in memoriam

Harry Burchell Mathews ’47 February 14, 1930 – January 25, 2017 by Everett Morss ’47


ARRY MATHEWS arrived at Groton


looking tall, trim, and handsome. To those of us from New England and outside the greater New York area, he seemed the very essence of the sophisticated New Yorker. Even then, Harry seemed prepared for the life that would follow—as intellectual, poet, and provocateur. In January, when Harry died in Key West, Florida, of an intracerebral hemorrhage, he had written six novels, several collections of poetry, stories, and essays, and had translated several French works into English. Harry’s plots and use of language—unabashedly eccentric and sometimes bizarre—often confounded his critics. Harry’s first wife, Niki de Saint Phalle, was a unique painter and sculptress; his second wife, Marie Craix, was a French novelist. With both, Harry divided his life between France and the U.S.—summers in France and winters in New York and Key West. In the U.S., in addition to his writing and music, he taught classes at Bennington

College, Bard College, Columbia University, and the New School. In France, Harry flourished in the intellectual community: he was Parisian director of the Paris Review; founded a literary magazine, Louis Solus, which ran for four years; and for many years was the only American member of Oulipo, a quirky French literary salon. According to the New York Times, Harry qualified to join because he had rewritten a Keats poem using words from a Julia Child recipe (and likewise had rewritten the recipe using Keats’ words). Harry was born in Manhattan in 1930, grew up in the city, attended St. Bernard’s School, and came to Groton in the Second Form. In retrospect, Groton was an important incubator for Harry’s many talents and interests. Some of the comments about Harry in our Sixth Form yearbook are interesting: “He does anything eagerly and intensely, while preserving an appearance of relaxed self-assurance.” And, “Harry succeeds in


Harry Mathews in the 1947 yearbook and at a school dance. Could his dance partner be Jacqueline Bouvier?

spreading himself out without ever spreading himself too thin. It is probable that he will never enter any profession but will invent one instead.” Harry’s literary career was well on its way at Groton. He was editor-in-chief of the Third Form Weekly and, in Sixth Form, editor of the Grotonian. Even then, he enjoyed opportunities to discuss modern writing, poetry, and literature, as well as the Classics, with various masters. At our 1947 Prize Day, Harry graduated magna cum laude and received the Outside Reading Prize and the Latin Prize. Upon graduation, he entered Princeton, left after his freshman year, served a year in the Navy, and graduated from Harvard in 1952, with both AB and MA degrees in music and musicology. At Groton, Harry had been a member of both the band and the choir. He played the piano with vigor and skill. When he led our Fifth Form singing on Prize Day evening, he selected the songs and even wrote one of them; he organized a motley collection of voices in a performance that he labeled afterward as “not too bad.” An interesting moment with Harry occurred for me Fifth Form year, at the dance for the Fifth and Sixth Formers on Washington’s Birthday weekend. We could each invite a young lady to the party, who had a dance card filled out for her by her date. Harry asked if I would take a dance, and I said “yes.” It turned out he had invited one of the stars of the New York debutante scene. She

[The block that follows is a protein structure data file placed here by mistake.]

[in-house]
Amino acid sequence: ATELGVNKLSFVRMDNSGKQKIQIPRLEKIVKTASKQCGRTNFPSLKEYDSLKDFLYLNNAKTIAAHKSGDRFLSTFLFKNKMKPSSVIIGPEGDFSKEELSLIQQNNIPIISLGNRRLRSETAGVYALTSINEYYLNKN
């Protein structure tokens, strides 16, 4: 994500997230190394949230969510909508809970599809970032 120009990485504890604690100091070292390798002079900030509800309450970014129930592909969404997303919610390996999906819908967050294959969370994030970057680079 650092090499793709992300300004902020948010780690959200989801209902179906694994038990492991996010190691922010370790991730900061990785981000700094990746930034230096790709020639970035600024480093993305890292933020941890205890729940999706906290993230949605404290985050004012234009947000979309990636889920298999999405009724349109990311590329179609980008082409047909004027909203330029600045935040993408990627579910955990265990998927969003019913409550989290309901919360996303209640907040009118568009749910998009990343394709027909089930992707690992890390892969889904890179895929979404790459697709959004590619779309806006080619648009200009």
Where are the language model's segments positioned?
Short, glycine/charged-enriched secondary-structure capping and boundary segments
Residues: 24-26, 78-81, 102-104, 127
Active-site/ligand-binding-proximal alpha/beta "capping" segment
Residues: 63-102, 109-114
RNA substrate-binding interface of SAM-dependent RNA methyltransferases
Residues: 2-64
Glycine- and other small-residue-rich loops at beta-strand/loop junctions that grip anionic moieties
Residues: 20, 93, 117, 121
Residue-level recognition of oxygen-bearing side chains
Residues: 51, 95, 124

Groton School Quarterly